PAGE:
As they made their way down the hill, a kid approached them. “Why you’re wearing a grandpa hat?” Feste just shrugged in answer, and took it off to examine what was so grandfatherly about it. They didn’t see it. A damn good hat, that’s what it was. “What happened to your hair?”
“Had it dyed, do you like it?”
“No, it’s pink,” the kid said in disgust.
“You don’t like pink?” they pretended to be horrified by the news.
“No, pink’s for dumb girls.”
“Well, I’m a little dumb,” they said, not even a little bit in the mood for lecturing the baby devil.
“But you’re not a girl,” the kid insisted.
“No? What am I?”
“You have a beard,” the little one pointed at their face. Feste just nodded in agreement. “Girls don’t have beards.”
“Oh, yeah, what about that girl everybody calls Mustache?”
The kid made a confused face, and just stood there, glued to that place, thinking about it. Feste thought that was it for their talk, but the little sprinter caught up, and insisted: “Your shoes are for boys.”
“No, they’re for soldiers,” they corrected, not sure why they bothered.
“Can girls be soldiers?” the little monster asked.
“Army soldiers or Toby’s soldiers?” Feste asked, just to have some insight on the kid’s thinking.
“Toby’s,” the future soldier said, like it should be obvious, and Feste was being dense on purpose.
“Girls can work for Toby, don’t you know Maria?”
“Soldier,” the tiny brat corrected.
“Of course they can be soldiers, but then you have to stand in the sun all day, and someone could shoot you.”
“I like the sun,” said the kid, too young to believe they could get shot.
“Good for you, I like the sound of the guitar.”
The kid looked curiously at their guitar case. “I like music, too.”
“Better than the sound of gunshots, isn’t it?”
The kid laughed at the absurdity of Feste’s comparison. “Of course.”
“Then I’ll play something for you,” they said, suddenly stopping in the middle of the alley to get the guitar. “What would you like to hear?” The kid shrugged. “Ok, this song’s called Diarrea.” The child started laughing immediately. It was a short song all kids used to sing when Feste was in elementary school. The kid loved it. “Now go and sing it to your friends,” they said, getting the guitar back in its case.
“I don’t have any friends.”
Feste was hit by an inexplicable wave of discomfort, and looked the kid in the eyes. “Why not?”
“They beat me,” the kid mumbled looking away.
“Fuck!” said Feste, who didn’t want to empathize with the annoying brat who didn’t like their hair, but it was too late now.
“Don’t swear, I’m only eight,” the kid said very seriously.
“Please, I know what you sound like when you play football,” Feste accused, making the kid look guilty. “I know, and don’t care, so you can take it easy on me, too, right?”
“Right,” the kid nodded.
“Listen,” Feste placed a hand on the kid’s shoulder, “I have something to do now, but if you want, I’ll teach you a magic trick next time, ok?”
“I wanna learn magic. Teach me now!”
“I don’t have the time. Here,” Feste pulled a sweet from behind the kid’s ear, and gave it to the wide eyed child. “Bye.”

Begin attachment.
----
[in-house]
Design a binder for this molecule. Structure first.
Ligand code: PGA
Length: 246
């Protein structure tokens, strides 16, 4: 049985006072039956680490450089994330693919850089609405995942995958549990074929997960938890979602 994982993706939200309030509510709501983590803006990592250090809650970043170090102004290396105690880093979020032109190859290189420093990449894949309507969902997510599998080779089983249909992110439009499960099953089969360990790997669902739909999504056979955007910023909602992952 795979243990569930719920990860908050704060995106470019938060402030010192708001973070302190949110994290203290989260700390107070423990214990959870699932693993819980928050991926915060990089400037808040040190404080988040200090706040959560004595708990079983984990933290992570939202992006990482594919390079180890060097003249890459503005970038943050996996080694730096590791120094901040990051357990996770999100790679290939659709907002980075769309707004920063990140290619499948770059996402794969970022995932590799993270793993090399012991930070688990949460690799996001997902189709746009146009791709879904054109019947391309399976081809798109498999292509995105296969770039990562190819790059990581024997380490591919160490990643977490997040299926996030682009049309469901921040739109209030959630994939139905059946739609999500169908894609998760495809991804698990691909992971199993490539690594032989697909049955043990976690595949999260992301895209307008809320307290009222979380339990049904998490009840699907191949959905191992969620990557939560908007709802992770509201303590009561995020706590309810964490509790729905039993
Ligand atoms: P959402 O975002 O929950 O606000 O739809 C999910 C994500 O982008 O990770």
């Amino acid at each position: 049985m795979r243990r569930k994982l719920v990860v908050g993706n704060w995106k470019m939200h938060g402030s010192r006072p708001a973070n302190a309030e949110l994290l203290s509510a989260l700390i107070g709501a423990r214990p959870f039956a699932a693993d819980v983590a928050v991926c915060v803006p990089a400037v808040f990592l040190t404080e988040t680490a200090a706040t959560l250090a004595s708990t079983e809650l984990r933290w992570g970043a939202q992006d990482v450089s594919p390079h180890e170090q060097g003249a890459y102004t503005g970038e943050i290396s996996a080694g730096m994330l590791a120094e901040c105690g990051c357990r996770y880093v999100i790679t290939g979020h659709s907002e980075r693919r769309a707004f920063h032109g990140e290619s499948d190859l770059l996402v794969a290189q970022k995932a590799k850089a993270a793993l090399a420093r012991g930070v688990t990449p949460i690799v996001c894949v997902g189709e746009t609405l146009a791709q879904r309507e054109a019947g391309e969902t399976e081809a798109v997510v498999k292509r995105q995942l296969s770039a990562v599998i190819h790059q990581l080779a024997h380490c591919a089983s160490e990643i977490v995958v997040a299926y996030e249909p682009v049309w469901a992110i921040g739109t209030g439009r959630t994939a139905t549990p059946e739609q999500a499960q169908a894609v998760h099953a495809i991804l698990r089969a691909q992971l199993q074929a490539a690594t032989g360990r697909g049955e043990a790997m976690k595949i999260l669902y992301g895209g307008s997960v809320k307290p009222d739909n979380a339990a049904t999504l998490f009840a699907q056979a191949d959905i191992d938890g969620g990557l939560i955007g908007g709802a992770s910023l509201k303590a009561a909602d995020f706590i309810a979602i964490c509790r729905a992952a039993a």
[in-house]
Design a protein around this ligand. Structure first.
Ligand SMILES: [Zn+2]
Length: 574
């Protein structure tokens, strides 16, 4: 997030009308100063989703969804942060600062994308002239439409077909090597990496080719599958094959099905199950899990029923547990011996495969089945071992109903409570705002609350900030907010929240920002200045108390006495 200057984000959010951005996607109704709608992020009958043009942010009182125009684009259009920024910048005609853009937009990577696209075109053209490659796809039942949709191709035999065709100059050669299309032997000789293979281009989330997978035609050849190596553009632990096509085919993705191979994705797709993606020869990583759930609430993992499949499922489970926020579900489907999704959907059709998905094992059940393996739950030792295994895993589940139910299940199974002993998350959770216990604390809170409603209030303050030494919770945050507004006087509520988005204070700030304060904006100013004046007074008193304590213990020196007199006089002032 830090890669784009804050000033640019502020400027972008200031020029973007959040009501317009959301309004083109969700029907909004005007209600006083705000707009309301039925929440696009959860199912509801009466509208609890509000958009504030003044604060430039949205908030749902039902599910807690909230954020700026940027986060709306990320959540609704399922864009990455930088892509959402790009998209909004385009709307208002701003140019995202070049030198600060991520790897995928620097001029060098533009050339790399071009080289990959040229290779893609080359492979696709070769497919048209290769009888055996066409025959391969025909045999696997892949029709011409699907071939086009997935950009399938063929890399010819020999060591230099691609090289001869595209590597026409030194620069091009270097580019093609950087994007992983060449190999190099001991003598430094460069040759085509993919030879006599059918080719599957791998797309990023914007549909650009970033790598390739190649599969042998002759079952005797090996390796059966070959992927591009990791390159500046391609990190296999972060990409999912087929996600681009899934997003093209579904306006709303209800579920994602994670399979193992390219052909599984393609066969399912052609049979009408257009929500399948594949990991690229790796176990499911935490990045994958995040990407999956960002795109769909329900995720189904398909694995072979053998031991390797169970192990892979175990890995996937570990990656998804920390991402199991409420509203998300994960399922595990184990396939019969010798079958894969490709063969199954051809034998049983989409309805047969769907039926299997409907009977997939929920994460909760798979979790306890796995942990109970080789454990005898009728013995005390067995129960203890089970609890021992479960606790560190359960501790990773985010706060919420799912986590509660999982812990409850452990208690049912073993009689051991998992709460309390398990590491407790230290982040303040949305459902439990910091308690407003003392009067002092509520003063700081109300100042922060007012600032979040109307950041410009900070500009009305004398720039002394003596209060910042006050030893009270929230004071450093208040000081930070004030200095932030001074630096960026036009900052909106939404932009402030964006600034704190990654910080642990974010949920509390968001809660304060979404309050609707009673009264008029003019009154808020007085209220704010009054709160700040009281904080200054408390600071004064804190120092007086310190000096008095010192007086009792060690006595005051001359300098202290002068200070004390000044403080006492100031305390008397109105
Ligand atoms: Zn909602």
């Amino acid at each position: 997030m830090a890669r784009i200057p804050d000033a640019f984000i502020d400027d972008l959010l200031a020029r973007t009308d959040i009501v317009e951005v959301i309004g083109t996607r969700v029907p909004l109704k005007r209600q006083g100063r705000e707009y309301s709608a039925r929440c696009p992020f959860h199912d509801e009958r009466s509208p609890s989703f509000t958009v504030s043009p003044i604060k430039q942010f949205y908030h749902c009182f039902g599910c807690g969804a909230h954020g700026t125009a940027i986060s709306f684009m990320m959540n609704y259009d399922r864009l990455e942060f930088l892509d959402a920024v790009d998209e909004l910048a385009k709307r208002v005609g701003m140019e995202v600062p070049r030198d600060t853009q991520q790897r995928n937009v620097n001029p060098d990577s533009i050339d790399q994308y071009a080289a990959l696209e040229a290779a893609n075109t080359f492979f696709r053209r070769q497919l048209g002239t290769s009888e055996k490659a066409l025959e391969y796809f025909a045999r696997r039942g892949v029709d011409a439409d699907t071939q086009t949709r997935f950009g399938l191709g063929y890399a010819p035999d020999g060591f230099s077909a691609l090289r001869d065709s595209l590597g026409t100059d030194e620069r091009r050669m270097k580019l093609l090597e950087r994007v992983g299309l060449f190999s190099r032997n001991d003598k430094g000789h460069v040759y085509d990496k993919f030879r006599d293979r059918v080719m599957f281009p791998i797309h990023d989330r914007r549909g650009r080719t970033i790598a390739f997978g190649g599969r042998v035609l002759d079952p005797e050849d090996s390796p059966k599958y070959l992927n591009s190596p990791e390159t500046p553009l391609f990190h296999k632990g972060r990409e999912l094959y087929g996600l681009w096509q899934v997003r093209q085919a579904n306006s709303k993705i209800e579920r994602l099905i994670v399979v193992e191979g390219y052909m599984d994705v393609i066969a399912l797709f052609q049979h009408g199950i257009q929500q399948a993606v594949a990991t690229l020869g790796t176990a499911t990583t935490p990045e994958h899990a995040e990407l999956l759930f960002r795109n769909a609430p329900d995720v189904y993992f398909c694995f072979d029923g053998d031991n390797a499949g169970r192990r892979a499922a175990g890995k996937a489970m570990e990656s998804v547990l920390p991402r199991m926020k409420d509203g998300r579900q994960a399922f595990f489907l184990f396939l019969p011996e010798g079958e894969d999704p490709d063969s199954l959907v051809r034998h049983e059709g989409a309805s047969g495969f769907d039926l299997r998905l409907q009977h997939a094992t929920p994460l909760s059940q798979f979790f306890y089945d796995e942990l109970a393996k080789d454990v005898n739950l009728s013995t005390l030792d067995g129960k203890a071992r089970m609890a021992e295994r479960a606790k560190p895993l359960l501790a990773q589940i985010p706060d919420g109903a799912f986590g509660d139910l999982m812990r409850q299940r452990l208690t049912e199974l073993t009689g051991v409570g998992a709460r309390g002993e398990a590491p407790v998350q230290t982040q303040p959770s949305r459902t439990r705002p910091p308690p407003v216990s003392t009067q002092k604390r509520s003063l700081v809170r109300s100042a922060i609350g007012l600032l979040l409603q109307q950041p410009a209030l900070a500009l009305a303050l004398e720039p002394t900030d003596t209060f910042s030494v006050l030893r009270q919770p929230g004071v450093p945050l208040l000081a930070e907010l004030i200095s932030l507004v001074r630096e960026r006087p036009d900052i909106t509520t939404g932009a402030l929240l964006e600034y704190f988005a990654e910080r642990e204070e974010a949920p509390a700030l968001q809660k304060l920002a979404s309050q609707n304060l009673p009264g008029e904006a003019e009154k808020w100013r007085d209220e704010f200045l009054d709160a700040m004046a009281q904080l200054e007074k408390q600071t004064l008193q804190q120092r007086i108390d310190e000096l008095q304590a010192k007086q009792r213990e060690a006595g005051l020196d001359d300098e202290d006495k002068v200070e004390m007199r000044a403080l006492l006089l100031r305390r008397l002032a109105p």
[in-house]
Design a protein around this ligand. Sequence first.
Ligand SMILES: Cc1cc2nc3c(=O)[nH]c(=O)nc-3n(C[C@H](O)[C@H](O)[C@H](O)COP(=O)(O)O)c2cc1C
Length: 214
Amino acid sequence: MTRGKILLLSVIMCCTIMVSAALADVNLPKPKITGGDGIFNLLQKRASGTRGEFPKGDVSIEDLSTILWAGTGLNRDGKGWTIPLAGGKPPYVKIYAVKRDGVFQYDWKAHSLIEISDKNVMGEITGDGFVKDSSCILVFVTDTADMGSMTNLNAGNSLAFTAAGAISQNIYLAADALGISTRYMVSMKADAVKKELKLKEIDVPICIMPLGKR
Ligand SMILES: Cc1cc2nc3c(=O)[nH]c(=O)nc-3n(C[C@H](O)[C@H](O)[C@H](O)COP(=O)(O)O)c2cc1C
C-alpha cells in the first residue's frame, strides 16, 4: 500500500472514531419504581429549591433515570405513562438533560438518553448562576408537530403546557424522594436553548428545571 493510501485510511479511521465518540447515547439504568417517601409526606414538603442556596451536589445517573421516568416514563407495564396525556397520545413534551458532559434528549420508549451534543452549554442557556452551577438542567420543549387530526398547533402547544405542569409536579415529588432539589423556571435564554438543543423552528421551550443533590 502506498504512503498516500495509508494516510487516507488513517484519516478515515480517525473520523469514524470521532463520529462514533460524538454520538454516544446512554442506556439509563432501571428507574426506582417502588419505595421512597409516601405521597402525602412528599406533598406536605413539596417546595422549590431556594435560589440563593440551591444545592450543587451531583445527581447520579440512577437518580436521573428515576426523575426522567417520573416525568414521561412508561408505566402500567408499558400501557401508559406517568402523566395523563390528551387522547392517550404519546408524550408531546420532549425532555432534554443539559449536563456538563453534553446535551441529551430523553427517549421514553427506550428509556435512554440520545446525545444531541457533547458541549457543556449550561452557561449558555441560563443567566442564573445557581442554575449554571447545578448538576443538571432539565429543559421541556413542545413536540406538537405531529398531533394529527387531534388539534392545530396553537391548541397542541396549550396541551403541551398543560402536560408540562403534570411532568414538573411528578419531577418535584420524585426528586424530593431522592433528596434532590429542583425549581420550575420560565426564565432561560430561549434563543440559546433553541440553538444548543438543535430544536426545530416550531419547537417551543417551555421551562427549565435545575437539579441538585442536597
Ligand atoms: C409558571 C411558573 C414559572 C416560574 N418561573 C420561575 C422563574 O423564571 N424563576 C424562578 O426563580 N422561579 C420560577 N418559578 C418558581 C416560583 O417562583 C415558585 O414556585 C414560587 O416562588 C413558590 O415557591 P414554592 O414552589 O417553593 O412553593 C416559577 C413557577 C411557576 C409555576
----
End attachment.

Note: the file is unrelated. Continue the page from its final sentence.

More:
Nick was waiting at the bar. He knew Feste too well to ask what took them so long, but he noticed the kid following. “You have a fan,” he pointed out.
Feste thought the kid had stayed behind, and turned around to see they were wrong. “You’re still here? Go play.”
“No, you play,” said Feste’s tiny stalker, pointing to the guitar.
Nick laughed loudly at that one, and said: “I agree. Something weird, please.”
“Yes, please,” the pinky sized human cheered.
“Yes, please,” Tom joined in from behind the counter, looking amused by the only interaction happening inside.
“Since there are so many requests.” Feste shrugged, sat down, and got ready to play. “It’s called The Wind And The Rain.” They played it.
When the song was over, Nick applauded enthusiastically, while the kid looked confused, and Tom Snout, the bartender, said: “What the hell was that? Sing it again.”
“That’ll be one beer, any beer’s fine,” Feste said, smiling.
“Do you think I just give stuff away like that?” Tom crossed his arms, and stared at Feste, who just rolled their eyes at him. Then he turned to the kid: “Hey, Willow, where’s your mom?” The kid shrugged. Tom shook his head. “Have a seat.” He pointed to one of the stools by the counter, and once Willow had managed to climb it, he presented the kid with a sandwich that looked nothing like an item of the bar’s menu. His lunch, Feste guessed.
“You sure have a golden heart, Snout,” Feste commented. “You deserve a better song. Ask for anything.”
“No, sing that weird thing again. I wanna make sure I understand it.”
Feste was more than happy to do an encore, their lyrics weren’t nearly as popular as their beats, so it was a rare thing for someone to ask for that song. Even if Tom didn’t exactly like it, he was interested, he listened for the second time, paying a lot of attention. “So it was all a dream?” he asked when it was over.
Feste just shrugged.
“It doesn’t rain everyday,” Willow commented.
“Everyday, it rains somewhere,” Pete argued.
Feste turned to Nick. “Can we go?”
They shouted for Robin at the gate, making a lot of noise as they always did. He walked to the gate in his usual manner, like he was dancing to a never ending tune only he could hear. He wore a white linen suit, a striped shirt, and a havana hat with a red stripe around it. “He’s dressed for business,” Nick observed.
“Gotta look on point for your enemies,” Feste concluded.
“Yes, you do,” said Robin, finally getting to the gate. He walked out, looked Feste up and down, and said: “You get it.” Then he looked at Nick, who wore flowery shorts and white flip flops, and made a face. “You, not so much.”
“Maybe it’s you who don’t get it, ever thought about that?” Nick said, a little angrier than necessary.
“I have thought about that, actually,” Robin told him, his index finger raised for emphasis. “And no, it’s not me. Not this time, at least.”
“Where are we going?” Nick asked, after a calming, deep breath.